West Midlands Police and Crime Commissioner David Jamieson has published a major report calling for ‘A Future Generations Deal’ to avoid the ticking time bomb of youth unemployment and crime in the West Midlands.
The PCC is proposing that job subsidies are brought in to ensure the next generation isn’t facing a lifetime of unemployment and crime. David Jamieson is also proposing that there are transition funds put in place so those finishing an apprenticeship are able to continue their careers, as well as support for those who do not have access to digital devices that are crucial for distance learning, with chaotic school openings leaving some young people set to be out of the classroom for up to six months.
Without this significant support the PCC believes that we are set for a large rise in the number of young people who become involved in crime and exploitation, including through the county lines drugs trade.
To tackle the issue the report recommends putting in place measures to protect against a long term rise in youth unemployment.
Commenting on his new report West Midlands Police and Crime Commissioner David Jamieson, said:
“I am profoundly concerned about the potentially devastating effect that the current Covid-19 crisis could have on younger people in the West Midlands.
“Most leading economic commentators are predicting a huge rise in unemployment; a hardship that our young people may have to endure for an unspecified period of time. The correlation between unemployment and criminality is well known.
“As the year progresses, we could see large numbers of young people find that there is no job for them and they may have very limited opportunity for paid employment once the lockdown is lifted. In my view, this is a ‘ticking time bomb’. Many of these young people, particularly young men, could well be drawn into antisocial behaviour, which in some cases will graduate into serious violence and crime.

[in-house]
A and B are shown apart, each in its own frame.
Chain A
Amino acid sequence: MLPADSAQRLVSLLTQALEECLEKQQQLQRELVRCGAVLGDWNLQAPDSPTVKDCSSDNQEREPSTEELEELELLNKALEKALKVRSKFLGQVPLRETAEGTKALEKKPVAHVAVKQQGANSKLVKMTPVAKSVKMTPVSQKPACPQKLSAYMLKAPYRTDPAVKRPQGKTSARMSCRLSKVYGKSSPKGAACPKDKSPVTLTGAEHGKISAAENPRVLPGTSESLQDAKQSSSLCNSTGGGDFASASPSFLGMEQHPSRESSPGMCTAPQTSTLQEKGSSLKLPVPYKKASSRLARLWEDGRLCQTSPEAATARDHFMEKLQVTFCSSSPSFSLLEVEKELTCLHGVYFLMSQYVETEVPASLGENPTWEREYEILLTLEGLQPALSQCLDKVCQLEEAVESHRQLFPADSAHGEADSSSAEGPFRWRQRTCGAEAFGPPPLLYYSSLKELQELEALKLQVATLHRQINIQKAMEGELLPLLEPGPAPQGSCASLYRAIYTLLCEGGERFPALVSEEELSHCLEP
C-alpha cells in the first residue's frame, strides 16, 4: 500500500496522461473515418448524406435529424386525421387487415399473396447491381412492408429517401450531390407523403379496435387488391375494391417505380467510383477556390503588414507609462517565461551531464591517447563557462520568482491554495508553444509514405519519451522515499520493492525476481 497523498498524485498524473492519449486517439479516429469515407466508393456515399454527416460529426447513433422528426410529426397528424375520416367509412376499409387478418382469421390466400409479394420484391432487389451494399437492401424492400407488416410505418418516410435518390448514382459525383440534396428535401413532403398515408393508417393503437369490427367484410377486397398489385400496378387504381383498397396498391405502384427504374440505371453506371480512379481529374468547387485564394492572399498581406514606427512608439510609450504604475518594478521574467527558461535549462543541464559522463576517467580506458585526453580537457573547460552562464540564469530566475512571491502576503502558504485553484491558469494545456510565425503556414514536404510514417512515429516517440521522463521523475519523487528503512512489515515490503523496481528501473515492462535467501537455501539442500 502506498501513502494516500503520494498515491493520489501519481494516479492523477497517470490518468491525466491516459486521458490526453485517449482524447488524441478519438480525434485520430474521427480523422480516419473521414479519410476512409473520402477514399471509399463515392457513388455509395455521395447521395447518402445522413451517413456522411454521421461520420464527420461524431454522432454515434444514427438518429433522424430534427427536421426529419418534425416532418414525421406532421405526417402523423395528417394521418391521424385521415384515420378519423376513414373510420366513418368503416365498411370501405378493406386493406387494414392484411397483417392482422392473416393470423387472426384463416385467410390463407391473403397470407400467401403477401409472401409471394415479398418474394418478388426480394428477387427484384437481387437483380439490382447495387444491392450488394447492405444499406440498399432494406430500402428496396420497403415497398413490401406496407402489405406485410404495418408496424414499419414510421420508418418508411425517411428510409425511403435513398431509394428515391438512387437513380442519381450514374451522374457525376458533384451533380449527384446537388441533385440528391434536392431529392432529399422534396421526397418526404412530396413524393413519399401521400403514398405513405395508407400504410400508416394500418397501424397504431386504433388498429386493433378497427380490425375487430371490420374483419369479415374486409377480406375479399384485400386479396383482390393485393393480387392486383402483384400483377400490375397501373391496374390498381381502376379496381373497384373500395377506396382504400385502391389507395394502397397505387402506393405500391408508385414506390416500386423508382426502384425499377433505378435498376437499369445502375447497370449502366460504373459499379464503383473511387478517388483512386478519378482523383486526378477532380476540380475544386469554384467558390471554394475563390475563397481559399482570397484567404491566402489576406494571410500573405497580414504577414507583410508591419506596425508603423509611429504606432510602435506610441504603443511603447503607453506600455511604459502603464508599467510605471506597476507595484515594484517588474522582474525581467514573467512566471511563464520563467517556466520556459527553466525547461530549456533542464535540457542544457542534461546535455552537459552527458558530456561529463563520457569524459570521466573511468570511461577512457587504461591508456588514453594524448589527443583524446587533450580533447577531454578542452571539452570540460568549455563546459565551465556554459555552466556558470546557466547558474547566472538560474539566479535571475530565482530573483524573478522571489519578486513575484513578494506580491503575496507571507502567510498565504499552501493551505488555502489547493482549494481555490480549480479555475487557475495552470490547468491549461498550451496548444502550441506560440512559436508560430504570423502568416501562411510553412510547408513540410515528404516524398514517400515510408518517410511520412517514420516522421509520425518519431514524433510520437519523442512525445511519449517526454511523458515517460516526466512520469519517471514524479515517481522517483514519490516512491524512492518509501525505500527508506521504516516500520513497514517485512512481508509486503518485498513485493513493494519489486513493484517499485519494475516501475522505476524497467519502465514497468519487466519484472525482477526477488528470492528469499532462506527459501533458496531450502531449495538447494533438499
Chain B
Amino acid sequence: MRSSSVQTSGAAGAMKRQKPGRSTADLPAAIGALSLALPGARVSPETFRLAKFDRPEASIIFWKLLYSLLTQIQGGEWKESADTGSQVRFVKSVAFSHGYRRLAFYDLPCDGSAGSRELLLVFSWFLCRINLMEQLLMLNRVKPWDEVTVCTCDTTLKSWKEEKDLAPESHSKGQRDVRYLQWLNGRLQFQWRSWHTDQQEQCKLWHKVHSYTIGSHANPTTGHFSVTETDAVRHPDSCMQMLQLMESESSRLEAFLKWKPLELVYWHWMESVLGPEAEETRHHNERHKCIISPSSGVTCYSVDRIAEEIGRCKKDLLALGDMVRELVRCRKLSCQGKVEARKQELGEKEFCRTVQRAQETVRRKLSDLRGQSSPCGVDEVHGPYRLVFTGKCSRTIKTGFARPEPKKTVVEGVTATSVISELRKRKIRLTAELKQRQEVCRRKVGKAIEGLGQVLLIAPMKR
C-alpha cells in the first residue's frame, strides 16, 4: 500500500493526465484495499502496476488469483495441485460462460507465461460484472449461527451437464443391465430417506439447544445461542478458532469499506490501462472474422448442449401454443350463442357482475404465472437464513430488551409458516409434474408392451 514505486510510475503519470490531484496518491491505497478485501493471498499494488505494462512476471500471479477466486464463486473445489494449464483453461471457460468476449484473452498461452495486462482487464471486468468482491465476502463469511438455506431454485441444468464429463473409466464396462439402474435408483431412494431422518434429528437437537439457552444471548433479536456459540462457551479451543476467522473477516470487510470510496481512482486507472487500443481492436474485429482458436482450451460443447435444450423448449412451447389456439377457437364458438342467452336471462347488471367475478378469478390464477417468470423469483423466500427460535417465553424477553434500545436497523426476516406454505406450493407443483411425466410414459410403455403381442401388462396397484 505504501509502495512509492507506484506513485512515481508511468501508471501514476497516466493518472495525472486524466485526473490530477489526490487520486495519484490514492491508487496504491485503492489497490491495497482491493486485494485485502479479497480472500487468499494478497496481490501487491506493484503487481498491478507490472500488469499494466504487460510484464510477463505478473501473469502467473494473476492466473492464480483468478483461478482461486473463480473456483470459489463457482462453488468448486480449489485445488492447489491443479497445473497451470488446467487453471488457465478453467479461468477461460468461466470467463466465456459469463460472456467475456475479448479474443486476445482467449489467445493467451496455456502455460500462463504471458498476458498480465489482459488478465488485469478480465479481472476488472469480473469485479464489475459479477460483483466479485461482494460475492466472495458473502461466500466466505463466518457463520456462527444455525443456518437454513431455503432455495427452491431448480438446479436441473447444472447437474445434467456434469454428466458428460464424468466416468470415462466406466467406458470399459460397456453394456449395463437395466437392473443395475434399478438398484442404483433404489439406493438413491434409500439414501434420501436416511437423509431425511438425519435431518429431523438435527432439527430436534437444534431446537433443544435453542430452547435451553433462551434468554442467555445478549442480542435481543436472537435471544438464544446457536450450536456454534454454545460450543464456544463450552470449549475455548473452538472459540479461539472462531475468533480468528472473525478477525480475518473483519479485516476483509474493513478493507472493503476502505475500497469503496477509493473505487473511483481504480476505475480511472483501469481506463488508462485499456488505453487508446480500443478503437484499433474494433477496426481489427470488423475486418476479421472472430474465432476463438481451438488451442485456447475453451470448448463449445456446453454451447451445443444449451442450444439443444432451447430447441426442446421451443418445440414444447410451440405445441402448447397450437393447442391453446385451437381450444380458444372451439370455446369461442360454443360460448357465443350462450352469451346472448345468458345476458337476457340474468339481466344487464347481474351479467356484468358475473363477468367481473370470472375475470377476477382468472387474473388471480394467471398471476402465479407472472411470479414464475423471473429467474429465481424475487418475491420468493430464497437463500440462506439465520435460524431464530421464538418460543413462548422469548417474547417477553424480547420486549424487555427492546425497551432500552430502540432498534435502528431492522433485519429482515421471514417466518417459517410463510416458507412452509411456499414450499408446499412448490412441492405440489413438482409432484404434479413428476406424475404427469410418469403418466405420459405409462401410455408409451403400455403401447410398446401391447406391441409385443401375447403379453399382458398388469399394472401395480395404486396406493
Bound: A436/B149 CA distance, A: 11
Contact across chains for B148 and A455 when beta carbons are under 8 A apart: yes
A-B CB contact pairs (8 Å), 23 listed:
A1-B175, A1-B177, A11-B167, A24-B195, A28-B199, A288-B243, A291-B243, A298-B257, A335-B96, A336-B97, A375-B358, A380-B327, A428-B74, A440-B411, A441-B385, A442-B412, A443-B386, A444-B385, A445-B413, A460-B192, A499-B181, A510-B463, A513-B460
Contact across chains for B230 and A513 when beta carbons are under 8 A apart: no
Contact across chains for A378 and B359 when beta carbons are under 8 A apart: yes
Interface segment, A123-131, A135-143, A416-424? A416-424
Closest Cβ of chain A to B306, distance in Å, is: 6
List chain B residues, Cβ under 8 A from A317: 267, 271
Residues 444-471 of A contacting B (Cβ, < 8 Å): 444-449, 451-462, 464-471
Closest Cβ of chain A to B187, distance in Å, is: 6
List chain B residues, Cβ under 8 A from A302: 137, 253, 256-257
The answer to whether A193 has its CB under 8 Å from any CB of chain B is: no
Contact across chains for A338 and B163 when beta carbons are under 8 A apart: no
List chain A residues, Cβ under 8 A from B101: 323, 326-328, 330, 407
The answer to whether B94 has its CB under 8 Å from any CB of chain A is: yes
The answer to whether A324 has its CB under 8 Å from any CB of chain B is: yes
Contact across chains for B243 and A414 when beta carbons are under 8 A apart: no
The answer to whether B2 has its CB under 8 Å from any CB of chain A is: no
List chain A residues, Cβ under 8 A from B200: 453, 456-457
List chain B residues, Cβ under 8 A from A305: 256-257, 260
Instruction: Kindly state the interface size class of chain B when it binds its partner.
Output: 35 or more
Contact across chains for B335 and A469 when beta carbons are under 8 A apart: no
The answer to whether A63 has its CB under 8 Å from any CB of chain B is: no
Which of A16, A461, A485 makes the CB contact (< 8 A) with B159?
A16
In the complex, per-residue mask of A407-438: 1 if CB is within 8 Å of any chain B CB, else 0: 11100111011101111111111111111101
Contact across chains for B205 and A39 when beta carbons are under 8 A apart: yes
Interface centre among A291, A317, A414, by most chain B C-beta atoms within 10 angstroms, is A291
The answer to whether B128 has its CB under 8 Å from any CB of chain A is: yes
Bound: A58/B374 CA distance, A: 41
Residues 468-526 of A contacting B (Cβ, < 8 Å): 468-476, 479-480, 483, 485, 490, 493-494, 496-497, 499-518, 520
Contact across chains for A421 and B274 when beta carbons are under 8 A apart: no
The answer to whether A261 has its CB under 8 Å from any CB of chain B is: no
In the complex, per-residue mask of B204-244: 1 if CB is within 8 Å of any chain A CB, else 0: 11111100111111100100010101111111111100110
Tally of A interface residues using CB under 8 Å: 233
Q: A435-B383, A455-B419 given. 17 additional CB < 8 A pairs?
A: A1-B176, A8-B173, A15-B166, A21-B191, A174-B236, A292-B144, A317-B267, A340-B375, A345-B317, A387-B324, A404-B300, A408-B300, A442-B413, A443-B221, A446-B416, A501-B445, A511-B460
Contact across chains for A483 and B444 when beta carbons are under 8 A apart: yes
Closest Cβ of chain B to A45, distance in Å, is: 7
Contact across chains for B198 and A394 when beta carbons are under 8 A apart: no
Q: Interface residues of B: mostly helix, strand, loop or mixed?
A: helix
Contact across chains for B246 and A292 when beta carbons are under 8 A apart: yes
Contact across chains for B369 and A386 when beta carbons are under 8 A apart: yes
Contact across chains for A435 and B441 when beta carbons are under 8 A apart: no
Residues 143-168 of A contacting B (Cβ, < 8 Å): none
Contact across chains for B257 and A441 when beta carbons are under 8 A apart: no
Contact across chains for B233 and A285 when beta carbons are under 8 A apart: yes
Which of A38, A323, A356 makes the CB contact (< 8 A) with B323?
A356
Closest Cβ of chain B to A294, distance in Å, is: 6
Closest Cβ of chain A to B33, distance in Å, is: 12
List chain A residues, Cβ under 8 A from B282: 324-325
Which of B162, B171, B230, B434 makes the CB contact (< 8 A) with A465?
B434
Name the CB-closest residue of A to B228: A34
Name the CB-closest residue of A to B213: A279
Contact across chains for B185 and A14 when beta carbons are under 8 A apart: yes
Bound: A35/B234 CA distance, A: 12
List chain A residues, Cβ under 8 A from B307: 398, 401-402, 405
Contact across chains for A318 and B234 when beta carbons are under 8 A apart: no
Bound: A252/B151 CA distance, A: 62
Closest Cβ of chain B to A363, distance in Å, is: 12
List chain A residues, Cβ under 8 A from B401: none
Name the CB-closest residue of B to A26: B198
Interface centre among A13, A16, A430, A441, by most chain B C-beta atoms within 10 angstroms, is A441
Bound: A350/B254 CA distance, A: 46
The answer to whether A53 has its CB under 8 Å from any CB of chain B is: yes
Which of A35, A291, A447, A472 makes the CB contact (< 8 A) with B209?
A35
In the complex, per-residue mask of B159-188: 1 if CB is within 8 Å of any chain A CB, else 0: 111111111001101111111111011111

“I am also deeply anxious about girls and boys of school age, all of whom are missing a substantial part of their education due to the lockdown. Tragically, this means that some children will be missing at least 6 months of their schooling. Many, particularly pupils already struggling with academic expectations and/or those from disadvantaged families, may find it extremely difficult to return to their studies with the rhythm and work discipline that the school environment brings.
“Again, the concern is that some of these children will drift into the hands of organised criminals, into gangs or ‘County Lines’ operations, as we have seen so starkly with children who were excluded from school prior to lockdown. There is an urgent need to address the potential consequences, and this is why I am bringing ideas to the table for urgent consideration by the government, the police, the West Midlands Mayor and Combined Authority, local authorities, trade unions, the third sector and the business community.
“The social and economic cost of inaction at the current time could be considerable. After the furlough scheme ends, we will be paying vast amounts in unemployment benefits as well as potentially facing a substantial bill for the cost of increased crime. We need to use our limited public resources to best effect. This is why I believe we should ensure funding is shifted to encouraging employment, skills and knowledge development and economic activity, rather than funding the consequences of economic collapse.